Without leadership, there is little to protect individual rights of freedom of speech, liberty, and even of survival from actions of primitive brutality. Transformational leadership can elevate society. It can also drag it down
This week we learned of the violent death of Pakistan’s minorities minister Shahbaz Bhatti [Wed March 2nd 2011].
In the space of a few months, two political leaders have been assassinated in Pakistan. Both had made public stance which others considered to have offended their religious beliefs. The Government of Pakistan appears to be unable to protect individual rights.
Some decades ago a newish idea about leadership became popular. Leaders were said to be transformational, able to act so that people could become less self-oriented.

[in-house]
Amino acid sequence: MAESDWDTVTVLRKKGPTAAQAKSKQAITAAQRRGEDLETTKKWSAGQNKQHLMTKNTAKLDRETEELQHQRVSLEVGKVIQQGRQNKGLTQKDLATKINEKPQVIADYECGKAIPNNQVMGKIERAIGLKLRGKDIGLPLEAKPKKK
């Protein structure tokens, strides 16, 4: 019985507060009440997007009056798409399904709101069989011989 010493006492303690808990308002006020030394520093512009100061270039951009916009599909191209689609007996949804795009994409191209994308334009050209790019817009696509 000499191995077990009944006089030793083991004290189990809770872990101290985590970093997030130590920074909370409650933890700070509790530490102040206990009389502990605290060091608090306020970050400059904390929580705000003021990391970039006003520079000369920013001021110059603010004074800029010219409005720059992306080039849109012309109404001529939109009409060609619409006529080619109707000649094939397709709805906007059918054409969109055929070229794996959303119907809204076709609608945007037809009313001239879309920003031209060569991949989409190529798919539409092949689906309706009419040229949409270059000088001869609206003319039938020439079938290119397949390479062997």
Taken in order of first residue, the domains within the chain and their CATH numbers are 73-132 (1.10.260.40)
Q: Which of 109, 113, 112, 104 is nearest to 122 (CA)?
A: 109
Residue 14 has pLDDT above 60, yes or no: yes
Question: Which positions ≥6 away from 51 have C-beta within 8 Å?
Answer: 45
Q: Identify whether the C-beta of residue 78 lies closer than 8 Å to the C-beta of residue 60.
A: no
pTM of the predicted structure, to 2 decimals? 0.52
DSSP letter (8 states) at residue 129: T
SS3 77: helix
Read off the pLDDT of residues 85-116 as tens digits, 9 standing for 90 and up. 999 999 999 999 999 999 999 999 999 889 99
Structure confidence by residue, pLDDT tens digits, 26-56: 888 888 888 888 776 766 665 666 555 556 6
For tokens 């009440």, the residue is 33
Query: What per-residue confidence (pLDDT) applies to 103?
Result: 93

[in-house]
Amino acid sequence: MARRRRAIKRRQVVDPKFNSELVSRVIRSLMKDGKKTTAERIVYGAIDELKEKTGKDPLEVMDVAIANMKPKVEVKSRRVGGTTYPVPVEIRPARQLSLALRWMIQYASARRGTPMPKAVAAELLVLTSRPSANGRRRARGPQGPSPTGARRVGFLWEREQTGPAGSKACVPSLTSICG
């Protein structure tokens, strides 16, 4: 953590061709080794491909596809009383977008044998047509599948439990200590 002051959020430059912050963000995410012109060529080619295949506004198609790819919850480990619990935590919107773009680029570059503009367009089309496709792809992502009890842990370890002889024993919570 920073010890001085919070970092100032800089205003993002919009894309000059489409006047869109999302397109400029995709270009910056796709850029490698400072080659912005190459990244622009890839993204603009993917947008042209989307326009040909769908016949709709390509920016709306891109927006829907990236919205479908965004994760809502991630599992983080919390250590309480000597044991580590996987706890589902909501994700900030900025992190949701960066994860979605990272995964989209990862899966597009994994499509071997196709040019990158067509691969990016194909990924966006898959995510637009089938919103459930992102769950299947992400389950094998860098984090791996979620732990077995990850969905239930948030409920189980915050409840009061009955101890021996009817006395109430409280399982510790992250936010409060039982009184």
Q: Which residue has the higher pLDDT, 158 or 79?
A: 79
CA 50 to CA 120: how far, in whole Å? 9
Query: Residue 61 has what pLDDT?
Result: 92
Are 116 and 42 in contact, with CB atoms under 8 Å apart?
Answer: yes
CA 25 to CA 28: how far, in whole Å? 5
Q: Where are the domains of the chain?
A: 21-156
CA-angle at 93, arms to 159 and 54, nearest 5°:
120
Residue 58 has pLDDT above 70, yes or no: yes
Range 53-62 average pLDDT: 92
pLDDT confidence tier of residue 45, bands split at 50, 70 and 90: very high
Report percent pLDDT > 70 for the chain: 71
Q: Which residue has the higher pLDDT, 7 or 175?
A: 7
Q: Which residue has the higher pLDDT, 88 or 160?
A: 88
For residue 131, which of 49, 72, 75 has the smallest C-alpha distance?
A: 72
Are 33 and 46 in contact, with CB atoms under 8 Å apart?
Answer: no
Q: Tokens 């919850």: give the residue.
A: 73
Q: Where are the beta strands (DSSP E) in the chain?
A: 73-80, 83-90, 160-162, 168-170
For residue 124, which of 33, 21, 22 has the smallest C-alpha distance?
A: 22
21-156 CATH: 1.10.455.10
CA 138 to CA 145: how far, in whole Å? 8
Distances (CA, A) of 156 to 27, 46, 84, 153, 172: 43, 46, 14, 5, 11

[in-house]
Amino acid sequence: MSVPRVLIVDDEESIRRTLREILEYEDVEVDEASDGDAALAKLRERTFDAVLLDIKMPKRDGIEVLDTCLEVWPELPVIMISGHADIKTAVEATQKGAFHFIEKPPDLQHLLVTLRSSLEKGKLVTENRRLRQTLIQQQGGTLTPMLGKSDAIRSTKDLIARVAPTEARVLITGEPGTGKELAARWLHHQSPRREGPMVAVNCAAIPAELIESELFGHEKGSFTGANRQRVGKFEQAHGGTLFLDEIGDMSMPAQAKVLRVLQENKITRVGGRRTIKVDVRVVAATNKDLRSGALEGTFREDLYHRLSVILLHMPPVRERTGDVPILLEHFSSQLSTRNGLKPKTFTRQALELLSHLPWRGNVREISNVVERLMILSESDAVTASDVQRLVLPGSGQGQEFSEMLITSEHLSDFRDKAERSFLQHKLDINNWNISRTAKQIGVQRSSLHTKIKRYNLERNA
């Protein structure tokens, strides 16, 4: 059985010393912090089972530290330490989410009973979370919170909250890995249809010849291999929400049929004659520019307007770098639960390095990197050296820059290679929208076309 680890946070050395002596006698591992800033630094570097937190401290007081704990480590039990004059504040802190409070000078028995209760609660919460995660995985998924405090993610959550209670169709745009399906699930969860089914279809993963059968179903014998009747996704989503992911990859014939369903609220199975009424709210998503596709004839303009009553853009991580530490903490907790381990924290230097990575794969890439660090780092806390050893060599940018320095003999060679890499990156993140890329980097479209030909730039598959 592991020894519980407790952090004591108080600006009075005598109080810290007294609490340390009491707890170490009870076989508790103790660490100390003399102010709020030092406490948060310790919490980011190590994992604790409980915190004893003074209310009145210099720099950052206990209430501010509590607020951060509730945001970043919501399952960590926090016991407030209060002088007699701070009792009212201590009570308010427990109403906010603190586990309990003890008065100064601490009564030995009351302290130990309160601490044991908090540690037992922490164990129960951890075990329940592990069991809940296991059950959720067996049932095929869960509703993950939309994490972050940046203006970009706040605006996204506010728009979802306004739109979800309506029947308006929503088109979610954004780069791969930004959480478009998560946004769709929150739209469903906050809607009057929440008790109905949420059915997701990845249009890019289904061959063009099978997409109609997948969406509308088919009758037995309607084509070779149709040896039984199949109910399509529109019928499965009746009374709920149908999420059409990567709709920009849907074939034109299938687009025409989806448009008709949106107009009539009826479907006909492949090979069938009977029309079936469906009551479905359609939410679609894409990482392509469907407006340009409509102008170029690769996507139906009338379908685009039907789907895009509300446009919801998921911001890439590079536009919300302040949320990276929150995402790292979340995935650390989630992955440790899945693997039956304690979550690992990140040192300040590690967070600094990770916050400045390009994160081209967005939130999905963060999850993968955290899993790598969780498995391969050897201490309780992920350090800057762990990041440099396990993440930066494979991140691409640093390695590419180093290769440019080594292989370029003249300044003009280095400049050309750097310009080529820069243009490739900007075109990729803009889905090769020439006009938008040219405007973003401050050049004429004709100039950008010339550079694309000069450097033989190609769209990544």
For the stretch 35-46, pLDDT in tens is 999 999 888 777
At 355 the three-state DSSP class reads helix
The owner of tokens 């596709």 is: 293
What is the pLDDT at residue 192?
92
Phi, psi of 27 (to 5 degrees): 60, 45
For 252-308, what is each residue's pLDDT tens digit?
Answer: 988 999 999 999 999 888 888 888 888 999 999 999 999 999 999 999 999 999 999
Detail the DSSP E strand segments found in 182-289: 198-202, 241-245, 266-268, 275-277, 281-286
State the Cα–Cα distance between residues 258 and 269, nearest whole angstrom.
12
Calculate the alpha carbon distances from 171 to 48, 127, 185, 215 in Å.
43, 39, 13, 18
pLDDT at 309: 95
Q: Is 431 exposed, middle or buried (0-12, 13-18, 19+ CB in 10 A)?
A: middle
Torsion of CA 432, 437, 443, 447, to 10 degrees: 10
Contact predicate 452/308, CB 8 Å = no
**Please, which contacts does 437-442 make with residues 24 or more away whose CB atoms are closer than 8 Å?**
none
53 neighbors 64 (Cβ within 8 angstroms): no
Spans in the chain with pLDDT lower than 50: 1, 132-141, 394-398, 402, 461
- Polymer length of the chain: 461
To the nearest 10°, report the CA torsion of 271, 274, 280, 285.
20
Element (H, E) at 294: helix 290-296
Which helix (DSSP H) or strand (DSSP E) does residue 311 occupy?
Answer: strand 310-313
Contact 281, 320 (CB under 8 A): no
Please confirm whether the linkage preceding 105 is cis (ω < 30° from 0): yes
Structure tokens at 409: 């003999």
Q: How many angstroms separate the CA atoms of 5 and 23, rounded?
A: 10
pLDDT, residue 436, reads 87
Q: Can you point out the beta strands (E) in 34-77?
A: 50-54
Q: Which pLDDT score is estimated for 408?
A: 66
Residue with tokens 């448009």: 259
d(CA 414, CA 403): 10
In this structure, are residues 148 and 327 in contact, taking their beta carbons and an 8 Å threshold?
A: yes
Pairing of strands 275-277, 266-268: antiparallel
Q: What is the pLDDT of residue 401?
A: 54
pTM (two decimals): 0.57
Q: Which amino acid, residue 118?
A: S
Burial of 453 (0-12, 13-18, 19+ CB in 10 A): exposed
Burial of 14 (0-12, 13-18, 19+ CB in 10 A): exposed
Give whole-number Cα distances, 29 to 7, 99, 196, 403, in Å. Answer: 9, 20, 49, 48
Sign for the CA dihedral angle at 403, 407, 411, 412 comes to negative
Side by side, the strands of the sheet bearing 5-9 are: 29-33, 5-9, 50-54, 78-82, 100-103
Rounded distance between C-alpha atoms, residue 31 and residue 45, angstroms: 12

But from the outset, the idea of transformational leadership ran into a horrendous dilemma which became known as The Hitler problem. Didn’t Hitler transform a generation to accepting a belief that placed the State above the individual? Was this not a fine example of transformational leadership?
The dark side
Transformational leadership from a Ghandi or a Mandela elevates societies. Transformational leadership also can enable acts of genocide, crimes against humanity, political and religious assassinations in the name of patriotism, or a religious belief or even to protect personal power and economic wealth.